Base Metals

Copper Investing

China’s move to end its decades-long one-child policy won’t have much of an effect on copper demand in the short term, but the long term could be a different story.

After decades of allowing only one child for many families in China, the country is moving to drop the policy. 
According to the BBC, the announcement was made by China’s state-run Xinhua news agency, which said that couples will now be allowed to have two children. The change is reportedly being driven by concerns over China’s aging population.
China’s one-child policy was introduced in 1979 to curb population growth, and has prevented an estimated 400 million births. The policy has been watered down several times since it was first implemented, but couples faced stiff punishments for violating the rules.

The news is potentially important for the long-term future of metals demand. China is a significant consumer of a number of the world’s metals, and is the top consumer of copper, making up roughly 40 percent of global demand for the red metal.
According to the latest “Minerals Baby” graphic from the US Minerals Education Coalition, each US baby will need an estimated 3.11 million pounds of minerals, metals and fuels over his or her lifetime, including 985 pounds of copper, 539 pounds of zinc and 26,010 pounds of iron ore. The numbers will no doubt differ for babies born in China, but the graphic effectively puts mineral demand into perspective.
So is China ending its one-child policy likely to cause a spike in the copper price anytime soon? The answer is, in short, “no.”
Chris Berry of the Disruptive Discoveries Journal suggested that the policy wouldn’t have any material affect for 15 to 20 years. Similarly, Gianni Kovacevic, author of My Electrician Drives a Porsche? and CEO of Copperbank Resources (CSE:CBK), stated, “obviously the impact from the ending of the one-child policy occurs in the long term.”
Furthermore, as mentioned above, the policy has already been relaxed several times over the years. Families in rural areas are allowed more than one child if the first is a girl, and beginning in 2013, couples where one partner was a single child were allowed to have two children.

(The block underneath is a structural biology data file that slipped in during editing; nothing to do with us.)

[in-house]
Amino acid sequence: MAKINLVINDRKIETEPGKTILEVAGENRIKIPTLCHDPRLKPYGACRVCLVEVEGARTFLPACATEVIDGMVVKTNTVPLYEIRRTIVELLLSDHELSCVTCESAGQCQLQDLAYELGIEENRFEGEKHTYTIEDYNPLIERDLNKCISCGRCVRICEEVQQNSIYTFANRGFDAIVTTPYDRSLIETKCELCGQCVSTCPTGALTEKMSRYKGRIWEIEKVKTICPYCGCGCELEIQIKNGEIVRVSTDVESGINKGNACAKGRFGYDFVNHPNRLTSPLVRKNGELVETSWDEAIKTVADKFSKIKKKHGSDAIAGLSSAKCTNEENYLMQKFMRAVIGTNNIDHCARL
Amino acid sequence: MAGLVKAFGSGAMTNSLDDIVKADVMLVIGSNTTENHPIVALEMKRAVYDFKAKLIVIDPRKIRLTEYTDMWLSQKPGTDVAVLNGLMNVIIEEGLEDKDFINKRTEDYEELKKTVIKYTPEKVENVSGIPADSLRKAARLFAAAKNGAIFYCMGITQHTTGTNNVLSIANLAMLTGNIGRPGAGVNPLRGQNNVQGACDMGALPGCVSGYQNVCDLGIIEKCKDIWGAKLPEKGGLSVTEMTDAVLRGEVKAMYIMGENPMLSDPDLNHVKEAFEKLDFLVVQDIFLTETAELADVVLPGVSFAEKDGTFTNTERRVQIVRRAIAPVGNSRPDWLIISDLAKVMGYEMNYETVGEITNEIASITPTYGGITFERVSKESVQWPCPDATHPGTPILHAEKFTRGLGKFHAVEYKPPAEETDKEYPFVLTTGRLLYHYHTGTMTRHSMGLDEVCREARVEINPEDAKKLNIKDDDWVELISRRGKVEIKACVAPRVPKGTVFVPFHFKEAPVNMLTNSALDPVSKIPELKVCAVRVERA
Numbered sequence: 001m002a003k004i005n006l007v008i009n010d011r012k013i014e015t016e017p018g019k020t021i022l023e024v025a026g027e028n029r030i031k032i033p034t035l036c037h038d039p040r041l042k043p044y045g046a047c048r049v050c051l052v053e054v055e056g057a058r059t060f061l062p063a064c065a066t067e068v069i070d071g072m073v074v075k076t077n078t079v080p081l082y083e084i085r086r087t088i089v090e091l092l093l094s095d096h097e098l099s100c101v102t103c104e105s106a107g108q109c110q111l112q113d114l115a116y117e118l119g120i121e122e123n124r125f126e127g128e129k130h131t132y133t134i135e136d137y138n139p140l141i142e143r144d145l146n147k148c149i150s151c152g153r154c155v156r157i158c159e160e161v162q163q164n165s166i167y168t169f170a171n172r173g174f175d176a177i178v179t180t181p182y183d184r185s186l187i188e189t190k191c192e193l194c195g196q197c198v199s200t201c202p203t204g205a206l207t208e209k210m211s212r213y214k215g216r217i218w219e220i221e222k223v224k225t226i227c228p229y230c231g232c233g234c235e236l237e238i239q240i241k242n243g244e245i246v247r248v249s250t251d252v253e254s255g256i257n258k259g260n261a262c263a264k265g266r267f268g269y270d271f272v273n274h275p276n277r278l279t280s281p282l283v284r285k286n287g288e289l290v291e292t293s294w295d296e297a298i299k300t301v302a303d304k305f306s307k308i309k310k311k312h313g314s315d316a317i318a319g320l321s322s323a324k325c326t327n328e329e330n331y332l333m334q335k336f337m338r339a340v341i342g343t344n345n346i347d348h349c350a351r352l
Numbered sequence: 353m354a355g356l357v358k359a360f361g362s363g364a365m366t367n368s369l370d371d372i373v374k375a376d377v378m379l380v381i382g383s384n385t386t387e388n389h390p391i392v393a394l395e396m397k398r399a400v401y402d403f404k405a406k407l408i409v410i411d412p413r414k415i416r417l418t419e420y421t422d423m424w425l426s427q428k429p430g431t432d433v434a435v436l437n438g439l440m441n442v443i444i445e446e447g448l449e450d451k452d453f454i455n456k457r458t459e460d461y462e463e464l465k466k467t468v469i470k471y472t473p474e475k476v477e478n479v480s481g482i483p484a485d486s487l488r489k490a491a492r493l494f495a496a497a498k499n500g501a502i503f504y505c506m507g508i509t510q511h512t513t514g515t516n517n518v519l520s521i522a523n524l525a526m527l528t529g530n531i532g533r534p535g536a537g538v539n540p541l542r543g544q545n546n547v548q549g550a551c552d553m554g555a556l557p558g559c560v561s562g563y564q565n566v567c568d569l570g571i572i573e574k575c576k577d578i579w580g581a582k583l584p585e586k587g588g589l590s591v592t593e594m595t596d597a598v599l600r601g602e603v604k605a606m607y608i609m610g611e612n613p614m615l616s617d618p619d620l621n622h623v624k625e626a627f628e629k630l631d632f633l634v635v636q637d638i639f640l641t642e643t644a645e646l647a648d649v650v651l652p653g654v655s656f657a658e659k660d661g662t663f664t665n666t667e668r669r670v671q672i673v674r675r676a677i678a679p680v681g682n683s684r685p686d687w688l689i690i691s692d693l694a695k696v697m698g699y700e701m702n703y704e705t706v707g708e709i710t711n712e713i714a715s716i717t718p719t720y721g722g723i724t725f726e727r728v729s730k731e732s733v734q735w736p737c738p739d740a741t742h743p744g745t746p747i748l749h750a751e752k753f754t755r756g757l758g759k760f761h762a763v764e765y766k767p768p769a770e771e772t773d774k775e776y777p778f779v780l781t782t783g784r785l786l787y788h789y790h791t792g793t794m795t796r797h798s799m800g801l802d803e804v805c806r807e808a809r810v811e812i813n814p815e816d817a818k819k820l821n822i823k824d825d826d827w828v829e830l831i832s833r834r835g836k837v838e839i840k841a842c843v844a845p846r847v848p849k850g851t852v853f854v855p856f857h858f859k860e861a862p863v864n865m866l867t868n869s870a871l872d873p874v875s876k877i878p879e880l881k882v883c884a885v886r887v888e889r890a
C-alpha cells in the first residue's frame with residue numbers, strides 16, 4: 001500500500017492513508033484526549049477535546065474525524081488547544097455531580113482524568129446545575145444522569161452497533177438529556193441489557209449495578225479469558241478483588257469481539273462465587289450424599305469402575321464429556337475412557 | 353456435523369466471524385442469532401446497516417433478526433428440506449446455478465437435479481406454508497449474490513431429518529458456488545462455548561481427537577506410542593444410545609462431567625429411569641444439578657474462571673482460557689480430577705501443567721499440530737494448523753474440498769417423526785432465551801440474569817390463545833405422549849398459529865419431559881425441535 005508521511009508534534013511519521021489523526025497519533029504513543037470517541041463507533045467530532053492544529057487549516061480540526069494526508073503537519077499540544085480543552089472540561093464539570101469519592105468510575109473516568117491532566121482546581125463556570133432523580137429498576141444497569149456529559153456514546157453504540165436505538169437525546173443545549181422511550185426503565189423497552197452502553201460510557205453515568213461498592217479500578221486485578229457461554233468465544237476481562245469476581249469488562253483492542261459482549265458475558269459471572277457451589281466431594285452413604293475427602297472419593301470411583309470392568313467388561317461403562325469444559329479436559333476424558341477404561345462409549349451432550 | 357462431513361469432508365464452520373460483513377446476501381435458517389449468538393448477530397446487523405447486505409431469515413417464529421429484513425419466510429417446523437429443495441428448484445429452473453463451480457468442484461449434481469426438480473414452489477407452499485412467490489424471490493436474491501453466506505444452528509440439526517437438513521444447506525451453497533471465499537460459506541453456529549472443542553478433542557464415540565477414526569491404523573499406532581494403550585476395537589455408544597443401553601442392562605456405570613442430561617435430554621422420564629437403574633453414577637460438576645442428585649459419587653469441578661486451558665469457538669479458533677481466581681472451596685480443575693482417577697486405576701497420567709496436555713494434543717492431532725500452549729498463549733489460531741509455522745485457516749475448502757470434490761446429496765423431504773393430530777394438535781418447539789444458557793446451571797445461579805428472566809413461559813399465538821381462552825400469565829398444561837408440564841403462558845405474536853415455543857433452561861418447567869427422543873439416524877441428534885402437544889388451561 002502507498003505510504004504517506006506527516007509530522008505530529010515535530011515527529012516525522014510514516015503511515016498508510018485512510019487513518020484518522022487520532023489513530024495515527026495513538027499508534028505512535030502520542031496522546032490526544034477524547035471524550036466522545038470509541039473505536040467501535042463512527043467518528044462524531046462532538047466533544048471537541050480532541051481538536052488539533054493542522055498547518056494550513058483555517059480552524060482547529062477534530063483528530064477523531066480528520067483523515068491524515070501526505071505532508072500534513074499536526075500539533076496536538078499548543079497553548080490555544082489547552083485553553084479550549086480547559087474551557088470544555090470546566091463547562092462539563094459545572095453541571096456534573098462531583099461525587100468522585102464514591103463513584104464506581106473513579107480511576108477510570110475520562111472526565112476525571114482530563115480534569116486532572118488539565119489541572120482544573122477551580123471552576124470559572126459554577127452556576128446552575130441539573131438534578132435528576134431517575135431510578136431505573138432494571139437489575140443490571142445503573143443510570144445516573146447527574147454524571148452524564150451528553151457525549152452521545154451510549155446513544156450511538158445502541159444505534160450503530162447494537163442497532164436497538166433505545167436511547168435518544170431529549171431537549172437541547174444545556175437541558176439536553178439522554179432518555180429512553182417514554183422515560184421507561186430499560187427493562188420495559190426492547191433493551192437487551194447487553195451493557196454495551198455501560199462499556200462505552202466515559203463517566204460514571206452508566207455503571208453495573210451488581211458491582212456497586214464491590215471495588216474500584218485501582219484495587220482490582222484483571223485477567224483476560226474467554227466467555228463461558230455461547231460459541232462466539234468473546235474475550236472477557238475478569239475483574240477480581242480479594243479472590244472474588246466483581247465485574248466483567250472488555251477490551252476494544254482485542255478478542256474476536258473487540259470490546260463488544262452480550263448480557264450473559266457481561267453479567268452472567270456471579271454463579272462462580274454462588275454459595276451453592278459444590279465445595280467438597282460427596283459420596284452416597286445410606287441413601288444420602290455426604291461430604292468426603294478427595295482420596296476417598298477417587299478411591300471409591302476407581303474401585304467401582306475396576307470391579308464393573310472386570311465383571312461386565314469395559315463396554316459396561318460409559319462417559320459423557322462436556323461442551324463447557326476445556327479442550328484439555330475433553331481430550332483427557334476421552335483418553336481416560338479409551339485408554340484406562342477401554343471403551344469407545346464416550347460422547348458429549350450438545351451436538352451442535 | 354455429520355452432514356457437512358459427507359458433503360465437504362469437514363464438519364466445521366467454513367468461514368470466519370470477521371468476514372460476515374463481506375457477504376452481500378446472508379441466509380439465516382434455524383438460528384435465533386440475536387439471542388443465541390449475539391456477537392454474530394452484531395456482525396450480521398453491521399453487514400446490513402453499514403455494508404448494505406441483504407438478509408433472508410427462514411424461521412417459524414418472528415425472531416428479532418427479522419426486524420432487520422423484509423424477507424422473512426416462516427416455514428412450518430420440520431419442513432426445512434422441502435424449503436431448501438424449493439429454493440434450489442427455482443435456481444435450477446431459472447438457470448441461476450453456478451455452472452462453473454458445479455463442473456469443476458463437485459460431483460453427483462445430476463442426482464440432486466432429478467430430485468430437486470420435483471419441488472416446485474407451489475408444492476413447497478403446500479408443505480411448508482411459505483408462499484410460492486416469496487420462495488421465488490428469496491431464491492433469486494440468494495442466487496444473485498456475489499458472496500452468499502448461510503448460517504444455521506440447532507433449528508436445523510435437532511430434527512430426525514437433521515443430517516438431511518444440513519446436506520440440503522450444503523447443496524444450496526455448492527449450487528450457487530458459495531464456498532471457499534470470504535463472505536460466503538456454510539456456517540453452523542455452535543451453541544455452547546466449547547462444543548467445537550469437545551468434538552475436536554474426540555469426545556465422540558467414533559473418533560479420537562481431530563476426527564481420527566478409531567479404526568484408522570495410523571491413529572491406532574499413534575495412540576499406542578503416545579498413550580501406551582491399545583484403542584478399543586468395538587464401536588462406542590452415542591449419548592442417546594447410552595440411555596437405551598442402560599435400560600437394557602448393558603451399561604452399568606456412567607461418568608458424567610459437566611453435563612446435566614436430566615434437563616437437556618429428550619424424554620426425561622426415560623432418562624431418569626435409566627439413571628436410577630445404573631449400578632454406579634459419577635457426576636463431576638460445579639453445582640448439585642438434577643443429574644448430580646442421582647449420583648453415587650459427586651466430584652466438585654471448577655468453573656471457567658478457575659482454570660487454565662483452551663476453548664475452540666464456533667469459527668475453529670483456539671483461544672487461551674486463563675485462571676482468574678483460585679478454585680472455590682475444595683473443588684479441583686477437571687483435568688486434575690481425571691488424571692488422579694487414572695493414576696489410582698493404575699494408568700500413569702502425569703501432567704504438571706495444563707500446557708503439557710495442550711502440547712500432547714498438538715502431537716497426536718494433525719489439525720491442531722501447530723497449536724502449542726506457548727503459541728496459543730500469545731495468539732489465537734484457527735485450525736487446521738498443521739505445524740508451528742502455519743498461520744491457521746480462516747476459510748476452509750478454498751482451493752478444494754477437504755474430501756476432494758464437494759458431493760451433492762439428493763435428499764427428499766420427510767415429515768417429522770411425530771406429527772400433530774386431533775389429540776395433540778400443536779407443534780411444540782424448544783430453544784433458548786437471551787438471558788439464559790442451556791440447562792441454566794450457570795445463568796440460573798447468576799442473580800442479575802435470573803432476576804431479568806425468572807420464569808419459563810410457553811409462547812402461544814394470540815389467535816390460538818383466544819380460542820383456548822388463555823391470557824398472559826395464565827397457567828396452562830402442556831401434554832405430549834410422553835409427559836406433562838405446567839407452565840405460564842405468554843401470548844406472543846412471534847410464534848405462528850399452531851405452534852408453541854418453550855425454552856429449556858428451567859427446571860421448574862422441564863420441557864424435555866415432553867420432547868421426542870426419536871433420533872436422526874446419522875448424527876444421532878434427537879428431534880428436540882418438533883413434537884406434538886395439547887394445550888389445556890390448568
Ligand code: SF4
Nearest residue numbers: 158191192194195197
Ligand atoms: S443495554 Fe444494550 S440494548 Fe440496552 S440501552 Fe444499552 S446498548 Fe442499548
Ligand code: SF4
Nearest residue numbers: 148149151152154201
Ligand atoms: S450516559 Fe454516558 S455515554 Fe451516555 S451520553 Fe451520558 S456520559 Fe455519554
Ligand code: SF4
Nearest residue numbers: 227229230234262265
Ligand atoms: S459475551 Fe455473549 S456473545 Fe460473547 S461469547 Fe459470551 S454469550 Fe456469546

Still, Kovacevic also had a few other points to consider in terms of why the policy change came about and what that implies for China’s future.
“[W]hy was it made? Firstly, the collapsing demographics from that decades long [one-child] policy. Second, the increasing expectations from China’s future generations,” he said. “There are 415 million millennials in China, those that are 15 to 35 years old, and over 100 million of them have college degrees. For comparison, only 1 million of the Cultural Revolution generation, approximately 160 million people, graduated from college. Most of these 415 million millennials were born rural and now the majority live urban. Too, they have internet-connected smartphones meaning they have the collected knowledge of mankind at their fingertips.”
“The entire Chinese society is changing and it would seem these ‘younger’ generations don’t want that kind of restriction, and the government is relaxing that and other rules,” he added.
Certainly, it will be interesting for long-term metals investors to keep a lookout for any effects from the policy change. The copper price was down 1.83 percent on Thursday, at $2.32 per pound, and has lost 24 percent so far in 2015.
Securities Disclosure: I, Teresa Matich, hold no direct investment interest in any company mentioned in this article.


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